Airlines can do ground handling on their own: Ajit

Last Updated: Fri, Oct 26, 2012 04:28 hrs

Clearing the air on the government's ground-handling policy, approved by the Union Cabinet in 2009, Civil Aviation Minister Ajit Singh on Thursday told airline chiefs at a meeting here that air carriers could do their own ground handling in six metro cities too. They could form their own subsidiaries and offer services to other airlines too, he added.

The country's air carriers were apprehensive that the 2009 policy would increase their expenses.

A ministry statement said: "The airline representatives initially raised their apprehensions regarding problems they will face after implementation of the proposed policy in terms of increase in the cost of ground handling and adjustment of their employees engaged in ground-handling operations. They emphasised they be allowed self handling at six metro airports, on the pattern of non-metro airports."

Singh told Business standard: "At the air side (runway, tarmac), airlines are already allowed self-handling and can create their subsidiaries for ground handling. These subsidiaries can participate in the process to become designated ground handlers."

According to the existing policy, in the six metro cities, ground handling can be done only by: The airport operator or its joint venture partner; subsidiary companies of the national carrier, or its joint venture specialised in ground-handling services; or, a ground-handling service provider selected through competitive bidding on revenue sharing by the airport operator.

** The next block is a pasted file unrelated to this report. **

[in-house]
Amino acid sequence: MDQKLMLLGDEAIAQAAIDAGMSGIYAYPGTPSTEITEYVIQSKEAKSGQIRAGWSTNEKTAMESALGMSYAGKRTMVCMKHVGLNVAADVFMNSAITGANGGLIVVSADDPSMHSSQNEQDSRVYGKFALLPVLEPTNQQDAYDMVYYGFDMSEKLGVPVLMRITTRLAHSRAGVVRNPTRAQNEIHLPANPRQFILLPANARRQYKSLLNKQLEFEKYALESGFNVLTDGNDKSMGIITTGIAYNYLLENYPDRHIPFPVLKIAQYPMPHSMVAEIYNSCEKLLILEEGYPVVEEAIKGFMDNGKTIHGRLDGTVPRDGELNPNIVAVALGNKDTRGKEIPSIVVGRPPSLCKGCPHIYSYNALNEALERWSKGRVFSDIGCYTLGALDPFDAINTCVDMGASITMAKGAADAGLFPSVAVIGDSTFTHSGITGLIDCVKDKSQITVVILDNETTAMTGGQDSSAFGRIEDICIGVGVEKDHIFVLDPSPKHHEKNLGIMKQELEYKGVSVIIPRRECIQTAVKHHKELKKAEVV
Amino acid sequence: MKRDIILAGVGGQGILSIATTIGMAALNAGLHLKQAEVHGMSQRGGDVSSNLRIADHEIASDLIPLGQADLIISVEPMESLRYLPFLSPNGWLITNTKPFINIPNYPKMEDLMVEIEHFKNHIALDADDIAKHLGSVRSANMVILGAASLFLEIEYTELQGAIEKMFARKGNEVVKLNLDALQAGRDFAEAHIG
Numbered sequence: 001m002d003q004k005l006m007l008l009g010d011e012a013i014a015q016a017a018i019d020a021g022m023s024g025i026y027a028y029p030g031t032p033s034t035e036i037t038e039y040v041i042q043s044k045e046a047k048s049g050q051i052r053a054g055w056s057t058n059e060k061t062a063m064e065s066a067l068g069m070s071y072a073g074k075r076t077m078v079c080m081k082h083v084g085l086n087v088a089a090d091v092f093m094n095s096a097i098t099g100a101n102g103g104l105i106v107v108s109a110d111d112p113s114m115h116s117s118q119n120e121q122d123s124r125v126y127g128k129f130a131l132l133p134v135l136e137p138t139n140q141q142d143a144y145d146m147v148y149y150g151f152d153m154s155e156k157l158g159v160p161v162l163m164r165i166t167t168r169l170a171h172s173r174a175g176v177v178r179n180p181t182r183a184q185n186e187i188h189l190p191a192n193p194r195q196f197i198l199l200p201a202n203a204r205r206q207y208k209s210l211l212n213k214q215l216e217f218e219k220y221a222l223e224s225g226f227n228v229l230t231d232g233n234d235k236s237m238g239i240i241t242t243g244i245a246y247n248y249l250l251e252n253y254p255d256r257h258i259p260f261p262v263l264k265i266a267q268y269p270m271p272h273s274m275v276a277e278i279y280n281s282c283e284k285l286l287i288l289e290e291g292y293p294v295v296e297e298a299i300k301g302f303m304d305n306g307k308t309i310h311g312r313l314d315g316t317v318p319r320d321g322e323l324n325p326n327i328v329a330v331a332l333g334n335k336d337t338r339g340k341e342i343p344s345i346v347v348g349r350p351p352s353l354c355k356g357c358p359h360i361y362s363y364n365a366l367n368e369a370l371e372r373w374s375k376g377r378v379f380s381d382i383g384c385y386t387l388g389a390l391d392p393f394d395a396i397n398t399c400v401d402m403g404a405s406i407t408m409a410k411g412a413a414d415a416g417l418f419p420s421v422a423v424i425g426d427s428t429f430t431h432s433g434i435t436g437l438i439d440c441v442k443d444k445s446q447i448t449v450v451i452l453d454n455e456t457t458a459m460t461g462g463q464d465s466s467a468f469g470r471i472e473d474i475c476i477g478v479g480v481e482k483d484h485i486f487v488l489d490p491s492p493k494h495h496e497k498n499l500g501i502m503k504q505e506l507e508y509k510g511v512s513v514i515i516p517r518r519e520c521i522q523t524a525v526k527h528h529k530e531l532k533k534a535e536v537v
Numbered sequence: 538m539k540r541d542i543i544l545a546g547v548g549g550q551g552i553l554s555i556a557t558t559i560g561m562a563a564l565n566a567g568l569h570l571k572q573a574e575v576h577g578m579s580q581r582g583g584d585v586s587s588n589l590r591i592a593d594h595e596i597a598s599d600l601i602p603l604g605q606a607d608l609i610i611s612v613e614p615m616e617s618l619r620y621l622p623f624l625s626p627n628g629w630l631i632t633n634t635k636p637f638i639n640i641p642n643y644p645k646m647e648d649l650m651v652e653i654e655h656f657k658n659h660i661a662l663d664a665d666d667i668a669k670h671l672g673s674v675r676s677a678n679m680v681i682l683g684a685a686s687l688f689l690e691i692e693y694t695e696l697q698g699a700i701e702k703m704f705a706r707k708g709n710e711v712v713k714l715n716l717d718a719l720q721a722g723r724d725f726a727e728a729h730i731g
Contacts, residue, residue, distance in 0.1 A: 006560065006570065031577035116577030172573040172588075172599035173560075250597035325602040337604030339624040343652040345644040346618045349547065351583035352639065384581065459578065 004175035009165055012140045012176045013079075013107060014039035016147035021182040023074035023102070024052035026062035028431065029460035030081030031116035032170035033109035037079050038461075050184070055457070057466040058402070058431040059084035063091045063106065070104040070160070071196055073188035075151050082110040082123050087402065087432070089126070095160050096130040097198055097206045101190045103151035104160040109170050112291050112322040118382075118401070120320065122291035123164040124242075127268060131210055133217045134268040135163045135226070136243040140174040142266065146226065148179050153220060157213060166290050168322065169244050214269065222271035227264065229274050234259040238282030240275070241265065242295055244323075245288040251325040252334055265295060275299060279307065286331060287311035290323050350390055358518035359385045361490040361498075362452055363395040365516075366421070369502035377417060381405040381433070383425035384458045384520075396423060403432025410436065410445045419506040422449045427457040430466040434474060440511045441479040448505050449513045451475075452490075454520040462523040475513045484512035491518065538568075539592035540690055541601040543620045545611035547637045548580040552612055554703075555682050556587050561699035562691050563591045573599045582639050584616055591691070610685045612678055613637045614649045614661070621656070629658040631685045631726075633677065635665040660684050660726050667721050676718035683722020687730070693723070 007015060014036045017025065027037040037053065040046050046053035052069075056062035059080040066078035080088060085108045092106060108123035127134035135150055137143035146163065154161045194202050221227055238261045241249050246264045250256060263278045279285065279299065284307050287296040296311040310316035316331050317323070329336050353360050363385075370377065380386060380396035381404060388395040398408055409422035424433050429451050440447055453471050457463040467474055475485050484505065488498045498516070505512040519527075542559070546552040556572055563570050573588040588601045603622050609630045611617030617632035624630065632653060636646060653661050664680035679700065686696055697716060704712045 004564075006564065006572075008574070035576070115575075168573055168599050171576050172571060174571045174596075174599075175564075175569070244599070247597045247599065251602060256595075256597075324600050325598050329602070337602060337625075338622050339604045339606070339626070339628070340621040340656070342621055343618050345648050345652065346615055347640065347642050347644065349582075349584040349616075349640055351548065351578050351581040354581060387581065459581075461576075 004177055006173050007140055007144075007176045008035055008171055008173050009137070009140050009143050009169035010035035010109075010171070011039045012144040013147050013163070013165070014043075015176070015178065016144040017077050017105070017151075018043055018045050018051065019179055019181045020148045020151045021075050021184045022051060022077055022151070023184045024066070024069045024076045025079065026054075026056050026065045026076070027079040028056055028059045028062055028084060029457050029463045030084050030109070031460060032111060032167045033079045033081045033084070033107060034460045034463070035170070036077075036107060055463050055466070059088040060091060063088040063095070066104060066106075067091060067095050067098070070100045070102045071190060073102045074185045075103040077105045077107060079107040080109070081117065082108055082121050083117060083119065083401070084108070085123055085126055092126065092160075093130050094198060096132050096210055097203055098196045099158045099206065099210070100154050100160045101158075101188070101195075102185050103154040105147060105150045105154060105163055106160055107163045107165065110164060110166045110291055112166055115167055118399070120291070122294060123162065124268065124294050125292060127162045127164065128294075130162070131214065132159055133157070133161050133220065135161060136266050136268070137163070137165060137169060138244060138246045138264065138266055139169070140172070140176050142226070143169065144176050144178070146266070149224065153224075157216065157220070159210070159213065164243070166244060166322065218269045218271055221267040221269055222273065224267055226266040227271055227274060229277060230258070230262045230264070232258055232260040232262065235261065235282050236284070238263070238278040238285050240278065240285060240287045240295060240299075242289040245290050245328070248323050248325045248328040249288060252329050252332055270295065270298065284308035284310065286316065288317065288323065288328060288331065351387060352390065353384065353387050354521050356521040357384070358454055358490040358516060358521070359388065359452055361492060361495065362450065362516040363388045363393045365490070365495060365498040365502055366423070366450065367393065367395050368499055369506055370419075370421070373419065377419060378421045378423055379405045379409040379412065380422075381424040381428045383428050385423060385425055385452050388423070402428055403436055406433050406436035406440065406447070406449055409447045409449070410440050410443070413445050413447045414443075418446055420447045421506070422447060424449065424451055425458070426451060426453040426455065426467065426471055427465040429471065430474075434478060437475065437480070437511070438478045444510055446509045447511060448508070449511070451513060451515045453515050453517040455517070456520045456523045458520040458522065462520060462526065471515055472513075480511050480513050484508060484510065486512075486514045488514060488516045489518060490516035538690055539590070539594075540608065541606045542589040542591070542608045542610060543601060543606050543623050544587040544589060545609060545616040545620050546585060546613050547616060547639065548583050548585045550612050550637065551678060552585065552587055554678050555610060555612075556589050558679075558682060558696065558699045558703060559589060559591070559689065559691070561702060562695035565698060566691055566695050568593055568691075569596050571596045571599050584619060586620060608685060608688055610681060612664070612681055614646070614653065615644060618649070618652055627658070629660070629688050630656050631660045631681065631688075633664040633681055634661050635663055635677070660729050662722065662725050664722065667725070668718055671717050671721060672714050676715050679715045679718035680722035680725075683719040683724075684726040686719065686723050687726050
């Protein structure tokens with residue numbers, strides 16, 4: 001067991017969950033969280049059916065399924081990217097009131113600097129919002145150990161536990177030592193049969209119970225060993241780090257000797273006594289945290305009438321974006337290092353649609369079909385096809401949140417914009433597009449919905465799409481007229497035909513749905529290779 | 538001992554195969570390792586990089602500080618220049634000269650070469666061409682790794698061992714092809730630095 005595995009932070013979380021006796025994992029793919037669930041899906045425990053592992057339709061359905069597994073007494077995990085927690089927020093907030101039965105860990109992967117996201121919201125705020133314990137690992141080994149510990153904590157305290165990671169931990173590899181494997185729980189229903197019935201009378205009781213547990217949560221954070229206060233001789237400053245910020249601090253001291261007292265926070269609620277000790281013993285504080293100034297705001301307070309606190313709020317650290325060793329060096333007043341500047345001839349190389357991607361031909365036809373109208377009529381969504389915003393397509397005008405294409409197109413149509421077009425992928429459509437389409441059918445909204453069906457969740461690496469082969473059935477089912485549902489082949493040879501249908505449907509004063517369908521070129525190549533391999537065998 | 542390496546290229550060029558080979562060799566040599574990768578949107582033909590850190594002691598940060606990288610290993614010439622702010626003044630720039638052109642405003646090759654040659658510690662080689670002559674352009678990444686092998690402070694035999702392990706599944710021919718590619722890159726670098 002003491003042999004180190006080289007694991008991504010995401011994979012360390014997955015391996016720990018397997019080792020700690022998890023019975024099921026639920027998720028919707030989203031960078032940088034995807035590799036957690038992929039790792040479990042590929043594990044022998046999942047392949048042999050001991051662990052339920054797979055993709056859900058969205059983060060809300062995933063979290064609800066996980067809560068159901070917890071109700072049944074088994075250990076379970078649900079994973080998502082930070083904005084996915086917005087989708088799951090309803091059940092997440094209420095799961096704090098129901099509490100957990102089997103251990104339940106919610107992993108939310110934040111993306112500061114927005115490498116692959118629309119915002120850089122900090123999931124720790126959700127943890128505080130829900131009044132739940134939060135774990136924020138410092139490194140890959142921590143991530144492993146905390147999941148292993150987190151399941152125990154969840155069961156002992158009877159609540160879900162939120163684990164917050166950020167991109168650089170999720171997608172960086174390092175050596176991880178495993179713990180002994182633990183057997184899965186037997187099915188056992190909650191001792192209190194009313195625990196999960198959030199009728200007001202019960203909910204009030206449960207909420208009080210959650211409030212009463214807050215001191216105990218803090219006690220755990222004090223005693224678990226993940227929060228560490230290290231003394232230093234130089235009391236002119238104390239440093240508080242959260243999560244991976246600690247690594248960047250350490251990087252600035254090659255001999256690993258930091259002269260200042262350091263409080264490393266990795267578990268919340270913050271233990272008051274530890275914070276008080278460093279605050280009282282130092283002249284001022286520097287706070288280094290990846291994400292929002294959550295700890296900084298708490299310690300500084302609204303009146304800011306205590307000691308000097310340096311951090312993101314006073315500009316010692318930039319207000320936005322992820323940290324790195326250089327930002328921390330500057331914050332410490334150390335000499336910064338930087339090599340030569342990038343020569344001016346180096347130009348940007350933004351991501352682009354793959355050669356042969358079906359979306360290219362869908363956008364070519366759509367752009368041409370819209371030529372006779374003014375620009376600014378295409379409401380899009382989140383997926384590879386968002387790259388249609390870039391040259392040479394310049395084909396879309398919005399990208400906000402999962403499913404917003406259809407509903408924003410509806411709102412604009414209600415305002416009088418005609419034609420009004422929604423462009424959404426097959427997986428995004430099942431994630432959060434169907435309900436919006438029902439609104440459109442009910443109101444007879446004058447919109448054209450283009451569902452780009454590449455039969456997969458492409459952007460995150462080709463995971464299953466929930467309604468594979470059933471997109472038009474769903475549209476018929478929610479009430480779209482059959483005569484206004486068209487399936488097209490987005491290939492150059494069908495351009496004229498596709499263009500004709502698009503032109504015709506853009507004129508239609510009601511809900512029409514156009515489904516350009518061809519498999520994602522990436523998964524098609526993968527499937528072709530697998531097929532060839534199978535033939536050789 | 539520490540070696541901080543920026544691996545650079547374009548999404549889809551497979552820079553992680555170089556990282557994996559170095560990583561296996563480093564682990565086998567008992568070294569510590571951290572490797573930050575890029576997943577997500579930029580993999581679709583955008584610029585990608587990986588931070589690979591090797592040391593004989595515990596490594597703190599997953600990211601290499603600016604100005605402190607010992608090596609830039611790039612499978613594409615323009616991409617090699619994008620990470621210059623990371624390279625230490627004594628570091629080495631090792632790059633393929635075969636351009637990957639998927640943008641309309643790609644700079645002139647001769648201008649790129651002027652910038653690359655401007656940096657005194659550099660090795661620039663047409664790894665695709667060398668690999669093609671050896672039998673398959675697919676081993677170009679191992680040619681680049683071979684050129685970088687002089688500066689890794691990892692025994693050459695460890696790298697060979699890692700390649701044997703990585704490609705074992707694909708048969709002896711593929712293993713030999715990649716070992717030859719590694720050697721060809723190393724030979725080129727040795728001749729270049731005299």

Singh added: "The meeting with airlines was a clarification over the already stated ground-handling policy.We have formed a committee and it will look into the rationalisation of royalty to be paid by ground handlers to airport operators, including the Airport Authority of India, so that the cost of ground handling remains reasonable."

Singh highlighted there could be security issues if ground handling was outsourced at cheaper rates.

Jet Airways, SpiceJet and IndiGo had in 2010 challenged the 2009 policy through a writ petition in the Delhi High Court. After the court dismissed the petition in March last year, a petition was filed challenging the high court order in the Supreme Court, which is scheduled to hear the case on November 6.

An email sent to Jet Airways remained unanswered, while SpiceJet did not respond to the development.

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